As Houston begins to recover from Hurricane Harvey, the city's lower-income population faces a tougher road. Flooding was more likely to hit low-income neighborhoods, and households in poverty tend to have a harder time managing natural disasters.
Using a radial analysis of bank branches — which shows the demographics around a bank branch — households in Houston's floodplains tend to have lower average income and a greater portion of families live in poverty. Generally, low-income households tend to suffer more from natural disasters, researchers said.
"Not only do their neighborhoods flood more, but also their housing quality is not as good, so mitigation on-site isn't as strong. And then they don't have the resources to recover," said Bill Fulton, director of Rice University's Kinder Institute for Urban Research.
The typical household income in the floodplains was $71,713, which is 27% lower than the income for households outside the flood-prone areas. And households in the floodplains were much more likely to be in poverty. Roughly 25% of households in the floodplains have income of less than $25,000, compared to 17% in areas outside the flood-prone zones. The data matches a broad academic consensus among researchers who have studied the effects of natural disasters on the poor.
"You look back historically at how these places developed and usually the higher lands were developed first, leaving more marginal lands to the people who could not afford to live in the more prized areas," said Eric Tate, an associate professor of geographical and sustainability sciences at the University of Iowa.
S&P Global Market Intelligence used radial analysis of both open and closed bank branches to examine the demographics of people who live in the floodplain and those who live outside it. Radial analysis shows the demographics of individuals who live within one mile of a branch. The analysis used mapping data from the Federal Emergency Management Agency to identify Houston's 100-year floodplains — areas typically underwater and heavily damaged by so-called 100-year floods. To increase the coverage density, the analysis focused on Harris County, by far Houston's most populous county with roughly two-thirds of the population.
While the demographic analysis used closed branches to increase the number of observations, S&P Global Market Intelligence also looked at the number of operating branches in floodplains. Bank branch exposure to floodplains largely matched the lenders with the most exposure to the Houston metro area. JPMorgan Chase & Co. had the most with 17 branches in Harris County floodplains, followed by Wells Fargo & Co. and Bank of America Corp. with 13 and eight branches, respectively.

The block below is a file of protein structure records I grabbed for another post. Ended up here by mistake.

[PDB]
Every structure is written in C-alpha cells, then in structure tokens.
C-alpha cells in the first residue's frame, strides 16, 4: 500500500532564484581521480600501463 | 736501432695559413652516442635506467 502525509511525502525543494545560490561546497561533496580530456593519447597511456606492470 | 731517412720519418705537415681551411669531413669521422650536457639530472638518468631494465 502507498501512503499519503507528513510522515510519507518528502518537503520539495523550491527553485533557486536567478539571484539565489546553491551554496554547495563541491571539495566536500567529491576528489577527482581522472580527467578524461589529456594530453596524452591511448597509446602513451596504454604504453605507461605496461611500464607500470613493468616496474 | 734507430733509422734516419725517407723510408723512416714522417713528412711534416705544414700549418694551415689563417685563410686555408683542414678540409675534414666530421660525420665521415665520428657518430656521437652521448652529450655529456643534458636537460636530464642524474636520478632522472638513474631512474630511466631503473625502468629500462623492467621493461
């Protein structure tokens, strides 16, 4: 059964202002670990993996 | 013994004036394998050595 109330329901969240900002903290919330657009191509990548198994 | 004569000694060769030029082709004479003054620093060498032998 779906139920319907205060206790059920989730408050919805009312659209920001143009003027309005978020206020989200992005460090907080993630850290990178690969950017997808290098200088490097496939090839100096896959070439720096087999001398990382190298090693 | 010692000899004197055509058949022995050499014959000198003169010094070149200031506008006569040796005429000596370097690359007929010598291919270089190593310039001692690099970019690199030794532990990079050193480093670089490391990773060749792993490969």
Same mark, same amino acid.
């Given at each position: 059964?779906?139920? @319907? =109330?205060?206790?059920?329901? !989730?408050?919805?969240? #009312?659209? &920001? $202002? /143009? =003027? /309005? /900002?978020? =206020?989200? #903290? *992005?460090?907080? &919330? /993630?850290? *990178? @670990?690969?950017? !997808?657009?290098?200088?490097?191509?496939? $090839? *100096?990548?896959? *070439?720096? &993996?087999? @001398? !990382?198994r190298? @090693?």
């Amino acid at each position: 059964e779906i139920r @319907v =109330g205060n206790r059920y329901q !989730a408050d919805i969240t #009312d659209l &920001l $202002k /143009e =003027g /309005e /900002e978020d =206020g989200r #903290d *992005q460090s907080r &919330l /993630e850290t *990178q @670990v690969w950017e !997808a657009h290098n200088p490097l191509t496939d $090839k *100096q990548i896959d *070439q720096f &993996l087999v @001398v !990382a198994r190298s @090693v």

Not all the branches in floodplains service lower-income areas. Rice University's Fulton said the Meyerland neighborhood in Houston tends to be more affluent and consistently floods. Located in the floodplains just southwest of West University Place, banks have several branches in the area.
At the same time, there is a chance that Hurricane Harvey's devastation was so expansive that branches outside the floodplain also sustained damage. "In previous disasters, Houston has had a lot of flood insurance claims that are outside the 100-year floodplain, and I think that will be the case here as well," said Jeffrey Czajkowski, managing director for the University of Pennsylvania's Wharton Risk Management and Decision Processes Center.
Fulton said Houston has a chronic problem with managing floods due to an incomplete infrastructure exacerbated by overdevelopment in areas exposed by the metro's bayous and reservoirs. Officials face tough decisions during floods: Release water from a reservoir, flooding one neighborhood, or allow the water to rise, flooding a different neighborhood.
"I think Hurricane Harvey is going to force a whole new discussion about how Houston prepares for floods," Fulton said. "This is the third 100-year flood in three years, so I think everyone will have to rethink about how we plan for this and what we should do differently."
For additional coverage of Hurricane Harvey and Hurricane Irma, click here to access the "Storm surge" collection of articles.
To read an article on bank branches exposed to areas affected by Hurricane Harvey, click here. And for a podcast on how Hurricane Harvey has affected various industries, click here.
To conduct radial analysis for branches using the branches dataset on the screener tool, please view the various fields available under the Geographic Data: Radial Ring section in the field selector.